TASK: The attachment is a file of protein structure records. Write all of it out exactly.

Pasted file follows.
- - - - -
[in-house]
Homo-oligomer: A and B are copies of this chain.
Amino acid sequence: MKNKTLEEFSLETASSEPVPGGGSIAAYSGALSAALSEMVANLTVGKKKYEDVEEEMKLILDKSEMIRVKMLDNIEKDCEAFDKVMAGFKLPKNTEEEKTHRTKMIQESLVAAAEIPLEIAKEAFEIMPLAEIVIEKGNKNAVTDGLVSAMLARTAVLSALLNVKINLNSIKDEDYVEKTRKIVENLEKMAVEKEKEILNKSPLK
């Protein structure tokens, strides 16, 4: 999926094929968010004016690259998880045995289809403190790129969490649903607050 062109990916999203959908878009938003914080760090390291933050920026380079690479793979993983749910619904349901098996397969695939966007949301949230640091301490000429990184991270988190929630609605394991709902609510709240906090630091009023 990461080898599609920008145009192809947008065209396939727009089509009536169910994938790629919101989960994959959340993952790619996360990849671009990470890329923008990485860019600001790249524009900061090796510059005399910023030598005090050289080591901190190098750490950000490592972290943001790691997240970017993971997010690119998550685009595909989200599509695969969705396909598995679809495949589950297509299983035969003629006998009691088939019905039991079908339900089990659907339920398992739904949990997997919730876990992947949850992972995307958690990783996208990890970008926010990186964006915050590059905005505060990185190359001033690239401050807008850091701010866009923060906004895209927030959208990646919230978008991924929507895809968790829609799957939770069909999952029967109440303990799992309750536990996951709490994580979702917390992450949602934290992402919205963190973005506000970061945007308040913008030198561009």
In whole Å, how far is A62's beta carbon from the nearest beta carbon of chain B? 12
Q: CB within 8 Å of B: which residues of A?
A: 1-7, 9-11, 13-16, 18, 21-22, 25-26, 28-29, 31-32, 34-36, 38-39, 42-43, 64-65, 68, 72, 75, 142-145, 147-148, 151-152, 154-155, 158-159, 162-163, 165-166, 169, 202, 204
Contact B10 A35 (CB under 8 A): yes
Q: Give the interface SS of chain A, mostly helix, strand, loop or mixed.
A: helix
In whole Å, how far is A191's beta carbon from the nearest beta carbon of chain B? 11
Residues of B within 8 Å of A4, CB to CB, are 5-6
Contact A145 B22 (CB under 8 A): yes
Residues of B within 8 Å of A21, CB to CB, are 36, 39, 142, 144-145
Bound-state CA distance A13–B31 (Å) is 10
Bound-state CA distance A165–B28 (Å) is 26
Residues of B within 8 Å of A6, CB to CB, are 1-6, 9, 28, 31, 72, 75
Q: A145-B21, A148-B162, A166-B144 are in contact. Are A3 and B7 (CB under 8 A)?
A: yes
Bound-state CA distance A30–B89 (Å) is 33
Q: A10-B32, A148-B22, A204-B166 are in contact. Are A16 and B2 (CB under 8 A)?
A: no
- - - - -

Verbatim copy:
[in-house]
Homo-oligomer: A and B are copies of this chain.
Amino acid sequence: MKNKTLEEFSLETASSEPVPGGGSIAAYSGALSAALSEMVANLTVGKKKYEDVEEEMKLILDKSEMIRVKMLDNIEKDCEAFDKVMAGFKLPKNTEEEKTHRTKMIQESLVAAAEIPLEIAKEAFEIMPLAEIVIEKGNKNAVTDGLVSAMLARTAVLSALLNVKINLNSIKDEDYVEKTRKIVENLEKMAVEKEKEILNKSPLK
């Protein structure tokens, strides 16, 4: 999926094929968010004016690259998880045995289809403190790129969490649903607050 062109990916999203959908878009938003914080760090390291933050920026380079690479793979993983749910619904349901098996397969695939966007949301949230640091301490000429990184991270988190929630609605394991709902609510709240906090630091009023 990461080898599609920008145009192809947008065209396939727009089509009536169910994938790629919101989960994959959340993952790619996360990849671009990470890329923008990485860019600001790249524009900061090796510059005399910023030598005090050289080591901190190098750490950000490592972290943001790691997240970017993971997010690119998550685009595909989200599509695969969705396909598995679809495949589950297509299983035969003629006998009691088939019905039991079908339900089990659907339920398992739904949990997997919730876990992947949850992972995307958690990783996208990890970008926010990186964006915050590059905005505060990185190359001033690239401050807008850091701010866009923060906004895209927030959208990646919230978008991924929507895809968790829609799957939770069909999952029967109440303990799992309750536990996951709490994580979702917390992450949602934290992402919205963190973005506000970061945007308040913008030198561009």
In whole Å, how far is A62's beta carbon from the nearest beta carbon of chain B? 12
Q: CB within 8 Å of B: which residues of A?
A: 1-7, 9-11, 13-16, 18, 21-22, 25-26, 28-29, 31-32, 34-36, 38-39, 42-43, 64-65, 68, 72, 75, 142-145, 147-148, 151-152, 154-155, 158-159, 162-163, 165-166, 169, 202, 204
Contact B10 A35 (CB under 8 A): yes
Q: Give the interface SS of chain A, mostly helix, strand, loop or mixed.
A: helix
In whole Å, how far is A191's beta carbon from the nearest beta carbon of chain B? 11
Residues of B within 8 Å of A4, CB to CB, are 5-6
Contact A145 B22 (CB under 8 A): yes
Residues of B within 8 Å of A21, CB to CB, are 36, 39, 142, 144-145
Bound-state CA distance A13–B31 (Å) is 10
Bound-state CA distance A165–B28 (Å) is 26
Residues of B within 8 Å of A6, CB to CB, are 1-6, 9, 28, 31, 72, 75
Q: A145-B21, A148-B162, A166-B144 are in contact. Are A3 and B7 (CB under 8 A)?
A: yes
Bound-state CA distance A30–B89 (Å) is 33
Q: A10-B32, A148-B22, A204-B166 are in contact. Are A16 and B2 (CB under 8 A)?
A: no